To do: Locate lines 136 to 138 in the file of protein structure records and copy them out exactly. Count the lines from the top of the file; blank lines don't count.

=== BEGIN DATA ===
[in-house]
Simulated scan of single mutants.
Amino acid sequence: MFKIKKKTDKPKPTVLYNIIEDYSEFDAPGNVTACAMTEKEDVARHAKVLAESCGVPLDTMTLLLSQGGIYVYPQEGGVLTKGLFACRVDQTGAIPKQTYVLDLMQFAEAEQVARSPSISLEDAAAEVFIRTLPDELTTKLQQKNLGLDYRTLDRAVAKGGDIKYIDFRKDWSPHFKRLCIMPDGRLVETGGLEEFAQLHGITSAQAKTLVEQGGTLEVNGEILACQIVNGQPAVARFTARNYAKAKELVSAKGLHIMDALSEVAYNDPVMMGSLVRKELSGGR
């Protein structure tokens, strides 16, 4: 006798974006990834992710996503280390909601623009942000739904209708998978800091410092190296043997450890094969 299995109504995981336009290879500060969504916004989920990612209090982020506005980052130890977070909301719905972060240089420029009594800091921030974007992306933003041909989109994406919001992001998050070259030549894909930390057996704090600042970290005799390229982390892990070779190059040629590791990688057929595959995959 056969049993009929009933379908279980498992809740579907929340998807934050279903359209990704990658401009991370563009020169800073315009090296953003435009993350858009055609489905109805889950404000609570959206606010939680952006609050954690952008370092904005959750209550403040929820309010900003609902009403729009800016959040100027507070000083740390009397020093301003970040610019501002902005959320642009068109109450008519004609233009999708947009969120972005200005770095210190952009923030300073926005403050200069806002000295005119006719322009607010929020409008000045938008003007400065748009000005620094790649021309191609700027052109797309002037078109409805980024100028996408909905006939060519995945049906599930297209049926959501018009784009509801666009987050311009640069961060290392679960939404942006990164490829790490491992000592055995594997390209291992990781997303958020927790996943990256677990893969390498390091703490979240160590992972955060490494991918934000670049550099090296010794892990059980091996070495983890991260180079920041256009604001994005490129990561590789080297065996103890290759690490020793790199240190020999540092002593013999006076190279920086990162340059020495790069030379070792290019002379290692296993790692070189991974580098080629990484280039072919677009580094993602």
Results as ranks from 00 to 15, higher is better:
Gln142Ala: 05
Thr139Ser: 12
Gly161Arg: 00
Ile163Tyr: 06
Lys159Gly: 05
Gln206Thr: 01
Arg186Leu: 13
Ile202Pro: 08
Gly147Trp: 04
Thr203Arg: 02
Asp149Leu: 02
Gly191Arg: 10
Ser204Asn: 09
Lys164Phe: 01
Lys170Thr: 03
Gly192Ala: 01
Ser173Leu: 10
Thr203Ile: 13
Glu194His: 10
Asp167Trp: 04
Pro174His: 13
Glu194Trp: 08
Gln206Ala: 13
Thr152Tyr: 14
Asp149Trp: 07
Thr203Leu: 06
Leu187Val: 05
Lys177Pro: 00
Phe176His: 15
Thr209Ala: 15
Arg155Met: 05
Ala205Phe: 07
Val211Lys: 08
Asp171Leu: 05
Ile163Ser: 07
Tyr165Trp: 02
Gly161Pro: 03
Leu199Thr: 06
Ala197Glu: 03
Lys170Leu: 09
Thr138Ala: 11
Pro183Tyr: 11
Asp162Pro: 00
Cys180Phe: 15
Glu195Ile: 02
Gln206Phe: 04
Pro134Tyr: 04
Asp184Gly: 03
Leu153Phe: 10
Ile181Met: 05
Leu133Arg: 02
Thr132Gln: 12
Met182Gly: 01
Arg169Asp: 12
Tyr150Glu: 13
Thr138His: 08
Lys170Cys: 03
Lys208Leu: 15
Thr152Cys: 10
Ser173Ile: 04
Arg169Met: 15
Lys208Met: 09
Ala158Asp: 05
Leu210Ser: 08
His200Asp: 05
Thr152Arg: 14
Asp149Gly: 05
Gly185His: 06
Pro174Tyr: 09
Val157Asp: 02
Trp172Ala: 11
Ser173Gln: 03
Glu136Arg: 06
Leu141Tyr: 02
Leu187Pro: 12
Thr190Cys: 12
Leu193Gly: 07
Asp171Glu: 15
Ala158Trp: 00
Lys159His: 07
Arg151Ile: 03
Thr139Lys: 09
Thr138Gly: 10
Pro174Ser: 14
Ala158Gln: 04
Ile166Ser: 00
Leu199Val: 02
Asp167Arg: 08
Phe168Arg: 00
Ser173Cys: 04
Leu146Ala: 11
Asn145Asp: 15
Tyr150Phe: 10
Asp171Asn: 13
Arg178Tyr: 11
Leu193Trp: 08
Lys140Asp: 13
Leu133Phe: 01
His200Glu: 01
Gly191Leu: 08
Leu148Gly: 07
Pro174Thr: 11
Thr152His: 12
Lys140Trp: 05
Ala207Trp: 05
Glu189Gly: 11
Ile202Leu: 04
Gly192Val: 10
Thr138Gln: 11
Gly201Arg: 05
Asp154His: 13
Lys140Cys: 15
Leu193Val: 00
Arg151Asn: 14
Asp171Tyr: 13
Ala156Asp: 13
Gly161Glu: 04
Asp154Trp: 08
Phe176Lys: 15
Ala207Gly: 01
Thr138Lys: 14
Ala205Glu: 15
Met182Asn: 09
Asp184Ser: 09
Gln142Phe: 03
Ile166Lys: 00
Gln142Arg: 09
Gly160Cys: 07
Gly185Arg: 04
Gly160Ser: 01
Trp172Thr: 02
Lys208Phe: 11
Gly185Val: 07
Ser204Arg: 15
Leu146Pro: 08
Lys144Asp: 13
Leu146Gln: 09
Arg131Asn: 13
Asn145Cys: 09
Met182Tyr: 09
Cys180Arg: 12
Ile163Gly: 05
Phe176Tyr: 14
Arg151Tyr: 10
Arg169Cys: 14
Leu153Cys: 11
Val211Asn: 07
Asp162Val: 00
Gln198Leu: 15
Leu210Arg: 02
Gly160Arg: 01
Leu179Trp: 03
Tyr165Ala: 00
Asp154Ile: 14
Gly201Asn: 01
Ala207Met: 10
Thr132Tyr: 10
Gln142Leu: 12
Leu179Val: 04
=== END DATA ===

Trp172Thr: 02
Lys208Phe: 11
Gly185Val: 07